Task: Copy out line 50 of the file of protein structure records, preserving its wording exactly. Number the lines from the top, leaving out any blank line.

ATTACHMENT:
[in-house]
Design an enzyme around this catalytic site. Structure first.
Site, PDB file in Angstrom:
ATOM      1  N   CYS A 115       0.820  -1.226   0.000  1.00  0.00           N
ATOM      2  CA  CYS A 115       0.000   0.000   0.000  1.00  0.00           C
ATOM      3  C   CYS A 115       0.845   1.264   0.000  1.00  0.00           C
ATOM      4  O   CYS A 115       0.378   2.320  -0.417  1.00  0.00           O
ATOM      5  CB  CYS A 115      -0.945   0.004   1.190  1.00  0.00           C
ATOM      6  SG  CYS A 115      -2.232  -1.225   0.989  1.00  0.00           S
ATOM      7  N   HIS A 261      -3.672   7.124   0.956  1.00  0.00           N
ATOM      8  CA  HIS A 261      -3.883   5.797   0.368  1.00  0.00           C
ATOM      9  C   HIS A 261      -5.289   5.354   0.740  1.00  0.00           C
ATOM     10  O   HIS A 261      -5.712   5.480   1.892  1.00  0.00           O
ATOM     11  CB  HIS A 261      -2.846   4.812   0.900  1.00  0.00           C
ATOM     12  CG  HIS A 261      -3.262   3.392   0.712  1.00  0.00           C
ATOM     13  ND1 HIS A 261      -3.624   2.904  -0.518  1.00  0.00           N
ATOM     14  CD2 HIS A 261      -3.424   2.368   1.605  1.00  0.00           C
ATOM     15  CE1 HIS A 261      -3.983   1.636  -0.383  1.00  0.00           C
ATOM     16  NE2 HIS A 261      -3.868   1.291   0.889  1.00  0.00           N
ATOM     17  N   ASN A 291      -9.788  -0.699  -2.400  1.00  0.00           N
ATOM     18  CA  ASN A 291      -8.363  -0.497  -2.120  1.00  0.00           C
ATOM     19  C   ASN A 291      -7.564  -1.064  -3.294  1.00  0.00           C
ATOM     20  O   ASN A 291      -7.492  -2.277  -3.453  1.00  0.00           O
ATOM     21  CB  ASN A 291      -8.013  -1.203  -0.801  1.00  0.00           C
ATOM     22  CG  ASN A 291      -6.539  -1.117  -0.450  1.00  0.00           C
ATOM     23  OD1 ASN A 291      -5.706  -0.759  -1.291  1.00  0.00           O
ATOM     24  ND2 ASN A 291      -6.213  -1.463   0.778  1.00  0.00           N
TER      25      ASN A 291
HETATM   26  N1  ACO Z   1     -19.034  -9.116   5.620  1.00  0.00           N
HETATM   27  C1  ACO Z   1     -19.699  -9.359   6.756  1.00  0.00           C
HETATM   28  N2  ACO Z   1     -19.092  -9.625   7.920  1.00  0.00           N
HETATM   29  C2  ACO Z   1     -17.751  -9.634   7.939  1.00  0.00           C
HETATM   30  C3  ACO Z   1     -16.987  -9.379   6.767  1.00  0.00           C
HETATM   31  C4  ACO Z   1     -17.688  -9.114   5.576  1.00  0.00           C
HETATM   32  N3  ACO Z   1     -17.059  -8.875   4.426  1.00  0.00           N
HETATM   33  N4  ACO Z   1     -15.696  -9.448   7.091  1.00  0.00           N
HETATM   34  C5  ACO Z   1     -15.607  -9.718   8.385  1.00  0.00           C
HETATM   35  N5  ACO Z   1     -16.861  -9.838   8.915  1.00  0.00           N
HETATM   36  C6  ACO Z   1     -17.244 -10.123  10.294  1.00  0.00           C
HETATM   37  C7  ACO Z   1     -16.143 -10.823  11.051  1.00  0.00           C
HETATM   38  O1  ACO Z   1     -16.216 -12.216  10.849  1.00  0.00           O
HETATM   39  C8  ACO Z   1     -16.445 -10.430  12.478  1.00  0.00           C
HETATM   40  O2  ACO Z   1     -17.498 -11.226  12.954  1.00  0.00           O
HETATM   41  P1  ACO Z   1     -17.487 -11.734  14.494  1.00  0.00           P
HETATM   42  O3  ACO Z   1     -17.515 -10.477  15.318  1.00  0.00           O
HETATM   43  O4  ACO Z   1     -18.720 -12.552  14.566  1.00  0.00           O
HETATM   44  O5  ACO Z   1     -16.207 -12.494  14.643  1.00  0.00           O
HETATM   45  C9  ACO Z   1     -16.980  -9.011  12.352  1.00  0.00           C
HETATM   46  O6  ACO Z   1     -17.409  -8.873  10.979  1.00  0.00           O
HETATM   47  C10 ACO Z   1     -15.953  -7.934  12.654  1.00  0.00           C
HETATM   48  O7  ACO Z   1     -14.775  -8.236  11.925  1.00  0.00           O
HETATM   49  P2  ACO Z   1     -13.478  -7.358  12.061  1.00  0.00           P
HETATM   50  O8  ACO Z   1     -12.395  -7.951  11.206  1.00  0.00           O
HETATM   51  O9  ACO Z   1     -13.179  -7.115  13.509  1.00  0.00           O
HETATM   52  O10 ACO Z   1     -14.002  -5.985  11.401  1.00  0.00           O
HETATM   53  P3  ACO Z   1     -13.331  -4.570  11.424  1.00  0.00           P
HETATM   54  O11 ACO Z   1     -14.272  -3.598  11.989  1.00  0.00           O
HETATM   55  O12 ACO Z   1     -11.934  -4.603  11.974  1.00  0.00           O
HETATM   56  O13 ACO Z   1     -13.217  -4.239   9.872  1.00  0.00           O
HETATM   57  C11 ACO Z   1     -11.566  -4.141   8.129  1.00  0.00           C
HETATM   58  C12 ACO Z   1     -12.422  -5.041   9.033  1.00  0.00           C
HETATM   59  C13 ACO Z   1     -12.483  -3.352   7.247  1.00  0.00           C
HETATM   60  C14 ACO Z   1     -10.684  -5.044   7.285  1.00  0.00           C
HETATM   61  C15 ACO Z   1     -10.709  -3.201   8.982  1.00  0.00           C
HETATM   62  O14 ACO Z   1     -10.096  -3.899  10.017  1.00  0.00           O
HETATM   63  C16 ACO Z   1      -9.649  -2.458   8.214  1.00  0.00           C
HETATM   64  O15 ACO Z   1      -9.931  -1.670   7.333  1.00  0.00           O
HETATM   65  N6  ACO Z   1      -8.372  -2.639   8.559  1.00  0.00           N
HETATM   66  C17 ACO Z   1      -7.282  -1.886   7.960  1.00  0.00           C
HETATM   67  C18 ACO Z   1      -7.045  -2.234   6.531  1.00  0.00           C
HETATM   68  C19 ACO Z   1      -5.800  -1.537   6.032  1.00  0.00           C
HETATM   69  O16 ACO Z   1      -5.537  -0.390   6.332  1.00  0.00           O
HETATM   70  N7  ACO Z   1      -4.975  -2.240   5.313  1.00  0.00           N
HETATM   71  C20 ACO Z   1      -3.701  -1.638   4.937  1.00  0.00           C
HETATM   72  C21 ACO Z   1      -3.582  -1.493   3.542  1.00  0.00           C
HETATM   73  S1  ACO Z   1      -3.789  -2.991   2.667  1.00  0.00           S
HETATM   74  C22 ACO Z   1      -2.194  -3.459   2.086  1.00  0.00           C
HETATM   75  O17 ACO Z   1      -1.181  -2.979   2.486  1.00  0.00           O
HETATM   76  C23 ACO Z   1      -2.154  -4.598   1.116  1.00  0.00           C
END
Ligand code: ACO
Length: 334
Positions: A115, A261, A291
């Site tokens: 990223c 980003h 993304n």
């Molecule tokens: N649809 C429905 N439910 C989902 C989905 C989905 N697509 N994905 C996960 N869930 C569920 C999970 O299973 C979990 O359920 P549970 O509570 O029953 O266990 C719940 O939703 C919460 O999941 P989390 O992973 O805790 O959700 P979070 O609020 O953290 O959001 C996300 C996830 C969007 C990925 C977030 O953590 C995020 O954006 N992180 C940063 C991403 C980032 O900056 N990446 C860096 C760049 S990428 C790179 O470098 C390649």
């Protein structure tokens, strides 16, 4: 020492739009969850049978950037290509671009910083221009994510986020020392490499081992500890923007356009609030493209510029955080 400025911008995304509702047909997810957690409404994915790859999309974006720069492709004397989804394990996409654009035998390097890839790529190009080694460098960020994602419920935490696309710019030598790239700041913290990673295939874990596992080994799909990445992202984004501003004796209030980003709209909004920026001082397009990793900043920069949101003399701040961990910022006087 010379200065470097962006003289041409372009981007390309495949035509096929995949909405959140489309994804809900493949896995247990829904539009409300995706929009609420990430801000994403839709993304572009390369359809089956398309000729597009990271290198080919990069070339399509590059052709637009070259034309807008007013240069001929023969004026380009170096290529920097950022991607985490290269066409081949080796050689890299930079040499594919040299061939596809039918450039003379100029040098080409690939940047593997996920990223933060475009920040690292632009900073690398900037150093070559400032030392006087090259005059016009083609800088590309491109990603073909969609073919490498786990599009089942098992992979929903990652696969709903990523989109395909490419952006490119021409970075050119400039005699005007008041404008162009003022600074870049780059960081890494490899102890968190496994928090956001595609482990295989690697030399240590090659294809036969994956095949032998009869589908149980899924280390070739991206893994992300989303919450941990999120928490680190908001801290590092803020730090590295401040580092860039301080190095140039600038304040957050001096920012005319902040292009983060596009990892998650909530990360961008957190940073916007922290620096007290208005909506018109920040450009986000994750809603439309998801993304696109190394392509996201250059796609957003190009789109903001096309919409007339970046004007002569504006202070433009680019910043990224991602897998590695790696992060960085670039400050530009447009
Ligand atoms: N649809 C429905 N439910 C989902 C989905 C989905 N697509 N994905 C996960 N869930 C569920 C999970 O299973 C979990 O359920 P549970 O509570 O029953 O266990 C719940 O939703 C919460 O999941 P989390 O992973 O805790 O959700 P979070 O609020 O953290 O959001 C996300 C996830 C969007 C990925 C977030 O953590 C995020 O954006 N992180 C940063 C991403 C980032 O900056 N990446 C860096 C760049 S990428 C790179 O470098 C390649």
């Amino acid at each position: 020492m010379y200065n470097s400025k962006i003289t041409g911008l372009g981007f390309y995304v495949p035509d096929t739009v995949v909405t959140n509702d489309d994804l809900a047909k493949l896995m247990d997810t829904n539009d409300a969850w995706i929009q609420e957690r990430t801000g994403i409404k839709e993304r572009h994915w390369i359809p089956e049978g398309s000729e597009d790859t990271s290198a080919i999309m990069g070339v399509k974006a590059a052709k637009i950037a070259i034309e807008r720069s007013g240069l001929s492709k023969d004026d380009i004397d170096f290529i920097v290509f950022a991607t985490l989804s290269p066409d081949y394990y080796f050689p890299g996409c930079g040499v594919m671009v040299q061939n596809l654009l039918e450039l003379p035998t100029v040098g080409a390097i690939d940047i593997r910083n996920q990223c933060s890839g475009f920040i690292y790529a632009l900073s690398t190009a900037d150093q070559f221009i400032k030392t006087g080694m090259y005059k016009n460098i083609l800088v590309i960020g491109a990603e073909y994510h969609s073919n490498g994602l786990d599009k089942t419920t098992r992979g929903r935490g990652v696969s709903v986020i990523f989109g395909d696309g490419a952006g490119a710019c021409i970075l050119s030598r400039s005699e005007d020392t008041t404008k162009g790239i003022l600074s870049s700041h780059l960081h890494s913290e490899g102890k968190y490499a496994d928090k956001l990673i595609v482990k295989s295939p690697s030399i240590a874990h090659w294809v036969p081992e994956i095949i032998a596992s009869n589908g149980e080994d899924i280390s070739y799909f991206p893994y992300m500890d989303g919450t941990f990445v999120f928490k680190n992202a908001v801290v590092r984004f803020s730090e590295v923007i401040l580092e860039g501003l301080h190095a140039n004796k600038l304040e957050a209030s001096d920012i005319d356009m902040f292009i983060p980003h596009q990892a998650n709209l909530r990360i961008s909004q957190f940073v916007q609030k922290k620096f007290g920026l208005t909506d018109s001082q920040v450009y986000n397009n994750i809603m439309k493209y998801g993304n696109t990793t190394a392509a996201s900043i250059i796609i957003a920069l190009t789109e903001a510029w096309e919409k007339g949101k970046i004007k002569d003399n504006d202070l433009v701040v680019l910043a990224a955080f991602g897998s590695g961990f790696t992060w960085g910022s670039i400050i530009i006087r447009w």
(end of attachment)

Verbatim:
HETATM   47  C10 ACO Z   1     -15.953  -7.934  12.654  1.00  0.00           C